By Lawrence Hurley
WASHINGTON (Reuters) - The U.S. Supreme Court on Monday handed Republican legislators in Virginia a defeat, leaving in place a ruling that invalidated state electoral districts they drew because they weakened the clout of black voters in violation of the U.S. Constitution.
The justices, in a 5-4 decision, sidestepped a ruling on the merits of the case. They instead found that the Republican-led state House of Delegates lacked the necessary legal standing to appeal a lower court ruling that had invalidated 11 state House districts for racial discrimination.
Virginia Attorney General Mark Herring, a Democrat and the state's top law enforcement official, opposed the appeal and argued that the Republican legislators were not entitled to act on behalf of the state in the case. A new political map is being used for this year's state elections.
"Virginia's elections this fall will take place in fair, constitutional districts. It's a good day for democracy in Virginia," Herring wrote on Twitter.
The Supreme Court's action let stand a 2018 ruling by a federal three-judge panel that the 11 districts all violated the rights of black voters to equal protection under the law under the U.S. Constitution's 14th Amendment.
The state's Republican-led House of Delegates "lacks authority to displace Virginia's attorney general as representative of the state," Justice Ruth Bader Ginsburg wrote for the court's majority.
"In short, Virginia would rather stop than fight on. One house of its bicameral legislature cannot alone continue the litigation against the will of its partners in the legislative process," Ginsburg added.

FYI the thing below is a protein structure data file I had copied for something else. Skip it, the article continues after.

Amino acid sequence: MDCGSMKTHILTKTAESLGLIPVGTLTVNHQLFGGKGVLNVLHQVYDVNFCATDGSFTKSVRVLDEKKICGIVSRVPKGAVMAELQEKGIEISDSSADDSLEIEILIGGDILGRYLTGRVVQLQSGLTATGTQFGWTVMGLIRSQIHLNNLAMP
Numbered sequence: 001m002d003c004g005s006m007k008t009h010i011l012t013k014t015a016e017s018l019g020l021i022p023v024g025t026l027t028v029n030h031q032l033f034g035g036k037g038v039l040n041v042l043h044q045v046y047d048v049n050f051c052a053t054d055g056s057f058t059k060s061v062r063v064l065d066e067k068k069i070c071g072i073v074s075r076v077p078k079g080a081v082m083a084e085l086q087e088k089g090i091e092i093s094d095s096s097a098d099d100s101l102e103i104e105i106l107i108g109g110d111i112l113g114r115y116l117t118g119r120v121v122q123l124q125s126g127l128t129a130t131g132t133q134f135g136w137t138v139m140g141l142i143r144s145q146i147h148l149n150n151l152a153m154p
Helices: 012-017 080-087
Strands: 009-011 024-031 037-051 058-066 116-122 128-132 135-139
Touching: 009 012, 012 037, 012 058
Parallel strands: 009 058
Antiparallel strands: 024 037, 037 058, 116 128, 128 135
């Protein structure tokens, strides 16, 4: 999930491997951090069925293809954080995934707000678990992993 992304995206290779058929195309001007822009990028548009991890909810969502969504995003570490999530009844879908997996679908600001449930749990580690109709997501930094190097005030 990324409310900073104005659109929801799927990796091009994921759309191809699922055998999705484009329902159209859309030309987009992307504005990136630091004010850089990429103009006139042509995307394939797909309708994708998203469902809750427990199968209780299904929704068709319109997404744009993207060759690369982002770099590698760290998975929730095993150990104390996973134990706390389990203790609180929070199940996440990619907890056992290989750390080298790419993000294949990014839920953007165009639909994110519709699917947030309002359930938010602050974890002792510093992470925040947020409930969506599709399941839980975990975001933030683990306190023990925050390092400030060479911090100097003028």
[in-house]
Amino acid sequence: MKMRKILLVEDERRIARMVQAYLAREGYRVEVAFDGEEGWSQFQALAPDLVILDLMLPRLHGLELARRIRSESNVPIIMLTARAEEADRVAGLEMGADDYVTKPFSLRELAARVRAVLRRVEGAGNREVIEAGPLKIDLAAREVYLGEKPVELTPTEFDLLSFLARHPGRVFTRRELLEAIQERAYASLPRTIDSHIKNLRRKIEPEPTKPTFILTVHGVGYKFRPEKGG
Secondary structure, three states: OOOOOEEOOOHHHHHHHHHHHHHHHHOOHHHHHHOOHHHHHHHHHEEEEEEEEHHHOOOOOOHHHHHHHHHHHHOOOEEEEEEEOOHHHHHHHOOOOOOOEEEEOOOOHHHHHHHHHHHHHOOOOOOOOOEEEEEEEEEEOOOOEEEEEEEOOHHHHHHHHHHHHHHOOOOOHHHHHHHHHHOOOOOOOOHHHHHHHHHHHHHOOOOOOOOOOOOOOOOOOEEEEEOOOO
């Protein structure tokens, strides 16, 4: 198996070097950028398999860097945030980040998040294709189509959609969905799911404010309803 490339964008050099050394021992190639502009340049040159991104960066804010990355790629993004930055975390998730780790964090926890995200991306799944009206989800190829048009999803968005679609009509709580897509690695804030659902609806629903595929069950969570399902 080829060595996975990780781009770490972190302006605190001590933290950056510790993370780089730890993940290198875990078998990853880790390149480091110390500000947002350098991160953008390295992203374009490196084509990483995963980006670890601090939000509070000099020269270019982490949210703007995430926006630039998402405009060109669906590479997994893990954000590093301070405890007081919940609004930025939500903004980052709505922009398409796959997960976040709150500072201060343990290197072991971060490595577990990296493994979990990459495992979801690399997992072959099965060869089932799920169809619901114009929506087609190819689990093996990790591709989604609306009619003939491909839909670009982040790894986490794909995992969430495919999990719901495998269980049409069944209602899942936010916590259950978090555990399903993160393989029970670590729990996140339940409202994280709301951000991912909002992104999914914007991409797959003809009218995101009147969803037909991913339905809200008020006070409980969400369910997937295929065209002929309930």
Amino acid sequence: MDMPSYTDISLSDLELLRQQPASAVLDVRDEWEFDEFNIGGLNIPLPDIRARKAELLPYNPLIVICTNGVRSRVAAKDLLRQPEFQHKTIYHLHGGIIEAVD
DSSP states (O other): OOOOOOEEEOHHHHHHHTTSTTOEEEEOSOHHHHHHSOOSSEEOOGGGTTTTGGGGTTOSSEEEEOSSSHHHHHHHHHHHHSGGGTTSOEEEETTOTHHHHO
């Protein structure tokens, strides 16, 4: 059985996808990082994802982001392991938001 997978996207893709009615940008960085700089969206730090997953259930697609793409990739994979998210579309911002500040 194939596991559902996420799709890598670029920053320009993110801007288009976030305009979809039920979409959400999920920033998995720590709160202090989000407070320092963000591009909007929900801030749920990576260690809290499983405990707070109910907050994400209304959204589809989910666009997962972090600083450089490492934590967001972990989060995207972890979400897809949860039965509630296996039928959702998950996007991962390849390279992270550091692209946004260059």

The court was not split on ideological lines, with Ginsburg joined in the majority by fellow liberal justices Elena Kagan and Sonia Sotomayor as well as two conservative justices, Clarence Thomas and Neil Gorsuch.
The case involved a hot topic for the Supreme Court: a practice called gerrymandering involving the manipulation of electoral district boundaries to marginalize a certain set of voters and increase the influence of others. In this case, the Republican legislators were accused of racial gerrymandering to disadvantage black voters.
In two other major cases from Maryland and North Carolina, the justices are considering whether courts can curb gerrymandering aimed at purely partisan advantage. They are due to rule in those cases by the end of this month.
At issue in the Virginia case was the state legislative map drawn by Republicans after the 2010 national census.
The National Republican Redistricting Trust, a group that backs Republican efforts to redraw electoral districts, criticized the ruling.
"It seeds confusion into a volatile, evolving body of law that demands clarity just as the next redistricting cycle begins," said Adam Kincaid, the group's executive director.
New electoral maps will be drawn nationwide following the 2020 census.
Since the Virginia maps that were challenged in the case were drawn, Democrats have made gains in Virginia in both state and federal elections. The current governor, Ralph Northam, and Herring, both are Democrats. Northam has been involved in a racial controversy of his own this year after a racist photo from his 1984 medical school yearbook page surfaced.
"This is a welcome ruling from the Supreme Court - it's like I've always said, voters should choose their representatives, not the other way around," Northam said on Twitter.
Like other U.S. southern states, Virginia has a complicated racial history dating back to the era of slavery.
The voters who brought the legal challenge accused Republicans of packing black voters into certain state House districts to diminish their voting power and make surrounding districts more white and more likely to support Republicans.
Democrats have accused President Donald Trump's fellow Republicans in Virginia and other states of crafting such legislative maps in a way that crams black and other minority voters, who tend to favor Democratic candidates, into certain districts in order to reduce their overall sway in the state.
(Reporting by Lawrence Hurley; Editing by Will Dunham)